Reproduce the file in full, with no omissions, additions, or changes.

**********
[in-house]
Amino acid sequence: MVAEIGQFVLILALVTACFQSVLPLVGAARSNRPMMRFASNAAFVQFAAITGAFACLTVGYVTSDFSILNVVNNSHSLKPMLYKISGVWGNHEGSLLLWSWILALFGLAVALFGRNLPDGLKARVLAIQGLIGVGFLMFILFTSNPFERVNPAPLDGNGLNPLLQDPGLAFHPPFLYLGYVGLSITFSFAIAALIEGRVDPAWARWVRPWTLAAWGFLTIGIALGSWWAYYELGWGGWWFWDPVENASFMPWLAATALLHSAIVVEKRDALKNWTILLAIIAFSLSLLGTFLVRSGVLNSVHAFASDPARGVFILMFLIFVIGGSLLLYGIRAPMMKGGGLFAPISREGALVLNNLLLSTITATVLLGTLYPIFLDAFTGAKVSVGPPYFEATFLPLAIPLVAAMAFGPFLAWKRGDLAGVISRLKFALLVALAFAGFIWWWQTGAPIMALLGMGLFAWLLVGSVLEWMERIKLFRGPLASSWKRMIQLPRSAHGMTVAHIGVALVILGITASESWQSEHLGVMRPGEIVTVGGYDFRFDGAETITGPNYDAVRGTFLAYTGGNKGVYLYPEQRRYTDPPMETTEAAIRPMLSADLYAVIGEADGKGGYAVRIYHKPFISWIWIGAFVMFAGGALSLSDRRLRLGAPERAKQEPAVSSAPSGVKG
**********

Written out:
[in-house]
Amino acid sequence: MVAEIGQFVLILALVTACFQSVLPLVGAARSNRPMMRFASNAAFVQFAAITGAFACLTVGYVTSDFSILNVVNNSHSLKPMLYKISGVWGNHEGSLLLWSWILALFGLAVALFGRNLPDGLKARVLAIQGLIGVGFLMFILFTSNPFERVNPAPLDGNGLNPLLQDPGLAFHPPFLYLGYVGLSITFSFAIAALIEGRVDPAWARWVRPWTLAAWGFLTIGIALGSWWAYYELGWGGWWFWDPVENASFMPWLAATALLHSAIVVEKRDALKNWTILLAIIAFSLSLLGTFLVRSGVLNSVHAFASDPARGVFILMFLIFVIGGSLLLYGIRAPMMKGGGLFAPISREGALVLNNLLLSTITATVLLGTLYPIFLDAFTGAKVSVGPPYFEATFLPLAIPLVAAMAFGPFLAWKRGDLAGVISRLKFALLVALAFAGFIWWWQTGAPIMALLGMGLFAWLLVGSVLEWMERIKLFRGPLASSWKRMIQLPRSAHGMTVAHIGVALVILGITASESWQSEHLGVMRPGEIVTVGGYDFRFDGAETITGPNYDAVRGTFLAYTGGNKGVYLYPEQRRYTDPPMETTEAAIRPMLSADLYAVIGEADGKGGYAVRIYHKPFISWIWIGAFVMFAGGALSLSDRRLRLGAPERAKQEPAVSSAPSGVKG